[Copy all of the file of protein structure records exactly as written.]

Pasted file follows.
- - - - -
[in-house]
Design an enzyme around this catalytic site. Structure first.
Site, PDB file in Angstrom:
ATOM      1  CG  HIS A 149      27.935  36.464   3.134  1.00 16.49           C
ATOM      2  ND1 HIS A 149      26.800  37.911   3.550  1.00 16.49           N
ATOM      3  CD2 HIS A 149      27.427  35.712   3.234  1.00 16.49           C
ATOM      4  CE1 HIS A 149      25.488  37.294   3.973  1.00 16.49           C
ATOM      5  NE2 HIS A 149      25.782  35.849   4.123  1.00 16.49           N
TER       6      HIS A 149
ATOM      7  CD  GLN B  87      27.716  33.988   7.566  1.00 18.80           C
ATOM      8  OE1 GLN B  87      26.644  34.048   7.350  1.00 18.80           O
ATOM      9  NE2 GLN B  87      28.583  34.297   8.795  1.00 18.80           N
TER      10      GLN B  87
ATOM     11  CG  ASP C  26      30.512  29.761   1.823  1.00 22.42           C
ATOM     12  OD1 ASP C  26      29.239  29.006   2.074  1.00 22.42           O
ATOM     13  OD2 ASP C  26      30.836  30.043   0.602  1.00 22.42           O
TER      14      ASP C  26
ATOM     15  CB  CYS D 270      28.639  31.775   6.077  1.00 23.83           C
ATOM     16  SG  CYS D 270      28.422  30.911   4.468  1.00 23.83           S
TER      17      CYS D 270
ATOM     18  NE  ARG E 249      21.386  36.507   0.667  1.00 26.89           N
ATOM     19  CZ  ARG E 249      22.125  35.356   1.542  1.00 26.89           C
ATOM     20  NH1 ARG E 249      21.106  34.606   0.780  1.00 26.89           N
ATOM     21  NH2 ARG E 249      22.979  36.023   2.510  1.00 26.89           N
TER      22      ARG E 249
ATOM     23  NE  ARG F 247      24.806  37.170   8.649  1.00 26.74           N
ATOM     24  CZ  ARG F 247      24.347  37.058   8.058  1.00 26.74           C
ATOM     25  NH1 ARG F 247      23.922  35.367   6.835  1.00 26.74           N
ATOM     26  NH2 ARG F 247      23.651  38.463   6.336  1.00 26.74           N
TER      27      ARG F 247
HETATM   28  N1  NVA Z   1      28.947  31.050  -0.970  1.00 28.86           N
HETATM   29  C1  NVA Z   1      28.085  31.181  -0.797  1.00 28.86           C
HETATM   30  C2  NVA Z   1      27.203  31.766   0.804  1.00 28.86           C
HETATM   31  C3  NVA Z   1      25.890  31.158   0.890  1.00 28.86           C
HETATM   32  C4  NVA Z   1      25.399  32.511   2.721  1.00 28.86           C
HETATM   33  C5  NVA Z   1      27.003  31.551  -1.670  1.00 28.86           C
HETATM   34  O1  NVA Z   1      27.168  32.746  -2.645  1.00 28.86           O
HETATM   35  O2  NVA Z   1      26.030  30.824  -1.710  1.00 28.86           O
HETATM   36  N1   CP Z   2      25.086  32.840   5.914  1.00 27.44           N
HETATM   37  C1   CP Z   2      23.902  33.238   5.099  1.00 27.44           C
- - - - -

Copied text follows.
[in-house]
Design an enzyme around this catalytic site. Structure first.
Site, PDB file in Angstrom:
ATOM      1  CG  HIS A 149      27.935  36.464   3.134  1.00 16.49           C
ATOM      2  ND1 HIS A 149      26.800  37.911   3.550  1.00 16.49           N
ATOM      3  CD2 HIS A 149      27.427  35.712   3.234  1.00 16.49           C
ATOM      4  CE1 HIS A 149      25.488  37.294   3.973  1.00 16.49           C
ATOM      5  NE2 HIS A 149      25.782  35.849   4.123  1.00 16.49           N
TER       6      HIS A 149
ATOM      7  CD  GLN B  87      27.716  33.988   7.566  1.00 18.80           C
ATOM      8  OE1 GLN B  87      26.644  34.048   7.350  1.00 18.80           O
ATOM      9  NE2 GLN B  87      28.583  34.297   8.795  1.00 18.80           N
TER      10      GLN B  87
ATOM     11  CG  ASP C  26      30.512  29.761   1.823  1.00 22.42           C
ATOM     12  OD1 ASP C  26      29.239  29.006   2.074  1.00 22.42           O
ATOM     13  OD2 ASP C  26      30.836  30.043   0.602  1.00 22.42           O
TER      14      ASP C  26
ATOM     15  CB  CYS D 270      28.639  31.775   6.077  1.00 23.83           C
ATOM     16  SG  CYS D 270      28.422  30.911   4.468  1.00 23.83           S
TER      17      CYS D 270
ATOM     18  NE  ARG E 249      21.386  36.507   0.667  1.00 26.89           N
ATOM     19  CZ  ARG E 249      22.125  35.356   1.542  1.00 26.89           C
ATOM     20  NH1 ARG E 249      21.106  34.606   0.780  1.00 26.89           N
ATOM     21  NH2 ARG E 249      22.979  36.023   2.510  1.00 26.89           N
TER      22      ARG E 249
ATOM     23  NE  ARG F 247      24.806  37.170   8.649  1.00 26.74           N
ATOM     24  CZ  ARG F 247      24.347  37.058   8.058  1.00 26.74           C
ATOM     25  NH1 ARG F 247      23.922  35.367   6.835  1.00 26.74           N
ATOM     26  NH2 ARG F 247      23.651  38.463   6.336  1.00 26.74           N
TER      27      ARG F 247
HETATM   28  N1  NVA Z   1      28.947  31.050  -0.970  1.00 28.86           N
HETATM   29  C1  NVA Z   1      28.085  31.181  -0.797  1.00 28.86           C
HETATM   30  C2  NVA Z   1      27.203  31.766   0.804  1.00 28.86           C
HETATM   31  C3  NVA Z   1      25.890  31.158   0.890  1.00 28.86           C
HETATM   32  C4  NVA Z   1      25.399  32.511   2.721  1.00 28.86           C
HETATM   33  C5  NVA Z   1      27.003  31.551  -1.670  1.00 28.86           C
HETATM   34  O1  NVA Z   1      27.168  32.746  -2.645  1.00 28.86           O
HETATM   35  O2  NVA Z   1      26.030  30.824  -1.710  1.00 28.86           O
HETATM   36  N1   CP Z   2      25.086  32.840   5.914  1.00 27.44           N
HETATM   37  C1   CP Z   2      23.902  33.238   5.099  1.00 27.44           C